Attorneys Question Pa. Conviction
EASTON, Pa. (AP) – Defense attorneys are questioning an eastern Pennsylvania judge's decision to convict a woman on a lesser charge after she had been acquitted by a jury in a drunken driving case.
Northampton County Judge Michael Koury convicted 25-year-old Jessica Trump last week of the lesser DUI count shortly after a jury cleared her on a second-offense drunken driving charge.
Trump testified that she wasn’t the driver of the car spotted double-parked by police in Freemansburg in July. Trump and other witnesses said she had gotten in the driver's seat to retrieve some bags when the designated driver for the evening was unlocking the house. But the judge said he didn’t believe their story. Trump is to be sentenced March 30.
Gary Asteak of Easton, former president of the Pennsylvania Association of Criminal Defense Lawyers, called the decision “shocking” and told The (Allentown) Morning Call that he believes the conviction will be overturned on appeal. “I couldn’t believe my eyes,” Asteak said of reading about the decision.
John Waldron, a former prosecutor turned defense attorney, said surprise was also his reaction, since judges usually defer to decisions by juries in deciding lesser charges.
“Twelve people heard the witnesses, 12 people deliberated and 12 people came back unanimously and made the call,” Waldron said. “In my experience, judges usually follow what the jury did.”
Koury convicted Trump of a general-impairment DUI charge, a minor misdemeanor. Under the law, those accused of offenses punishable by a maximum of six months in prison are not entitled to a jury. Koury said the charge fell under that provision since it can bring five days to six months in prison, and a suspended license of a year.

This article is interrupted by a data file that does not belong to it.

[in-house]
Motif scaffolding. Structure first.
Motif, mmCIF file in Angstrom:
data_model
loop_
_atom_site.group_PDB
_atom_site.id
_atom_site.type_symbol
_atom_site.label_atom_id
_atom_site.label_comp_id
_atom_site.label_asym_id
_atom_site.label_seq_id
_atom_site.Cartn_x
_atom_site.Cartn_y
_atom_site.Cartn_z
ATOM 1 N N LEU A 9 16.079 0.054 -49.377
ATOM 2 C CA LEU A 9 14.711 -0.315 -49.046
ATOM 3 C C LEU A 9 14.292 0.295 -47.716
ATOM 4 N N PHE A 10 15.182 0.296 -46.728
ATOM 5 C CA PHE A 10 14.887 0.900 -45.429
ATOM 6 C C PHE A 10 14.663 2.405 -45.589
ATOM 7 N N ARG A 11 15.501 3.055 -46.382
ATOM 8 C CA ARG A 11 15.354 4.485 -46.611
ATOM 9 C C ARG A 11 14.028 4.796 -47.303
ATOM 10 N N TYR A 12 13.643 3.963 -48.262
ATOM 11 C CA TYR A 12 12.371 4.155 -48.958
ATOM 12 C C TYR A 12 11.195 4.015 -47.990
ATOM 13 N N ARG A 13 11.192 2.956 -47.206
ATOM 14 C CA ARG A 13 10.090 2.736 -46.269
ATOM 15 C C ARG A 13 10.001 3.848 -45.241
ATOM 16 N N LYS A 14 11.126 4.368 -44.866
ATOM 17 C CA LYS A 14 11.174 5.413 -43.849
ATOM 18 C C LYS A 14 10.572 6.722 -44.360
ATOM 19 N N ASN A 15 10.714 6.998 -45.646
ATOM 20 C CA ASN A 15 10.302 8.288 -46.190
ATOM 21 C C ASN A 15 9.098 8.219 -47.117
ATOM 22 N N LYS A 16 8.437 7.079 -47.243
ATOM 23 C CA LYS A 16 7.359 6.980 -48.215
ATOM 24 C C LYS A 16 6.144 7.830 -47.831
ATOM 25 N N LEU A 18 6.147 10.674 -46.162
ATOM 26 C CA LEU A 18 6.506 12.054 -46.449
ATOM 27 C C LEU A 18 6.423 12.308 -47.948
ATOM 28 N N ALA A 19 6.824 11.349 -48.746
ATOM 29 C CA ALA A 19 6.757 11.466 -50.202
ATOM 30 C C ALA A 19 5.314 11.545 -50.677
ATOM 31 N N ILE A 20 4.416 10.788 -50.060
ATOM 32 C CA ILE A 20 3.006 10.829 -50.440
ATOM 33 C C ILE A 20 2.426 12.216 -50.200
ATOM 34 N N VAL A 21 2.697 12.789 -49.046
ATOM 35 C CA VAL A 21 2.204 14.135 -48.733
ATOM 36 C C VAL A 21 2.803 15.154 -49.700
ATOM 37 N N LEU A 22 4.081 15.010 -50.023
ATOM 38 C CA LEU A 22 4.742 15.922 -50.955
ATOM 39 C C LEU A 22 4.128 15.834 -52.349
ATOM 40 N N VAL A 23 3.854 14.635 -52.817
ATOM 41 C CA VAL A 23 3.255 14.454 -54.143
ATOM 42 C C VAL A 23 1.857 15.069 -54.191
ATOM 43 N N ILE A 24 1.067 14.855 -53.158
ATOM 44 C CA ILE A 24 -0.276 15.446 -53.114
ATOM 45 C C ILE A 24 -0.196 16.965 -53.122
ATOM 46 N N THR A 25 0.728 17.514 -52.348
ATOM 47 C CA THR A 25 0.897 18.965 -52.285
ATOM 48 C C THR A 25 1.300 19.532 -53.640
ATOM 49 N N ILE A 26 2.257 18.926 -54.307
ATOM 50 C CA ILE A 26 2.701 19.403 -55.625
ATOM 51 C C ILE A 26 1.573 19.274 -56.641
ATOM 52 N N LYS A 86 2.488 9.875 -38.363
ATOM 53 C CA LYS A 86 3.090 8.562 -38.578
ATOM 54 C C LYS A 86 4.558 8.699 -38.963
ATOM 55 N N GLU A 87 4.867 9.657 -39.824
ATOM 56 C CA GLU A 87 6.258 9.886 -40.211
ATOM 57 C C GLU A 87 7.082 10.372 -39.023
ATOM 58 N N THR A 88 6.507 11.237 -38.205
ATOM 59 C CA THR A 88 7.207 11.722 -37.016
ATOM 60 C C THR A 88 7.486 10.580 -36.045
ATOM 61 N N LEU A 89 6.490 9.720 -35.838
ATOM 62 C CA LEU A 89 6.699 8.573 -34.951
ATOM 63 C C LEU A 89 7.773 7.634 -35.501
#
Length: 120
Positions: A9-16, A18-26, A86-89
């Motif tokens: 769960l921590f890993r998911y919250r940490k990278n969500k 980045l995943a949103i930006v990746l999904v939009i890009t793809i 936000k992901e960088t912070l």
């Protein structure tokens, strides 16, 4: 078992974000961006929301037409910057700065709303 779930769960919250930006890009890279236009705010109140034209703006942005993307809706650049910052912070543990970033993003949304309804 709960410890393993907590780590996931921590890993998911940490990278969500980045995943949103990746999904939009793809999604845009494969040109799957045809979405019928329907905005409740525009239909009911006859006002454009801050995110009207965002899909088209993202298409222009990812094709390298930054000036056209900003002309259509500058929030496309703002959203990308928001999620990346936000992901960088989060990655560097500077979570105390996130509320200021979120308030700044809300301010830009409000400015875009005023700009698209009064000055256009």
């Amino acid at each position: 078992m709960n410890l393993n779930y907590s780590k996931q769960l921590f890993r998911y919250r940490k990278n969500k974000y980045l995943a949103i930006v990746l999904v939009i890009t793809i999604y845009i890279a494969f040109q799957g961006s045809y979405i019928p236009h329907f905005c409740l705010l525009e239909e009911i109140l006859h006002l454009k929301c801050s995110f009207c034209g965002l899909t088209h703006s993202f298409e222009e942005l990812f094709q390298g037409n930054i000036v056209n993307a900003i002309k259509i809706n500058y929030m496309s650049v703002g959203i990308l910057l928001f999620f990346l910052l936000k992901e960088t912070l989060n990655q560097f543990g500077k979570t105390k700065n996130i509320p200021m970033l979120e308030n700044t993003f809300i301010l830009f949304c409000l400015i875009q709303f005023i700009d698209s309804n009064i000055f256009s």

Koury declined comment to the paper Thursday, saying the judicial code barred him from talking about a pending case.
Juror Richard Chilcoat Sr. of Lehigh Township said the panel felt prosecutors had failed to prove that Trump was the driver. But he said he didn't feel that the judge overruled the jury in his decision. “I just think he felt that with the other charge, he had some leverage to do something,” Chilcoat said.
Prosecutors said it was their job to seek a conviction and the judge’s decision was correct despite the jury’s acquittal. “Could the judge have found her not guilty because of the jury’s finding?” asked District Attorney John Morganelli. “Sure, he could have, but the judge has the right to rule on those cases.”
Defense attorney Jason Jenkins has vowed to appeal. He said he would argue to the Superior Court that the judge shouldn’t have decided the lesser charge, and that he afterward erred in finding her guilty.
“Somehow 12 of her peers can vindicate her, which should be a happy moment, and instead it turned into a nightmare for her,” Jenkins said. “There are times when you're a lawyer and you think to yourself, ‘Man, there is just no justice.”’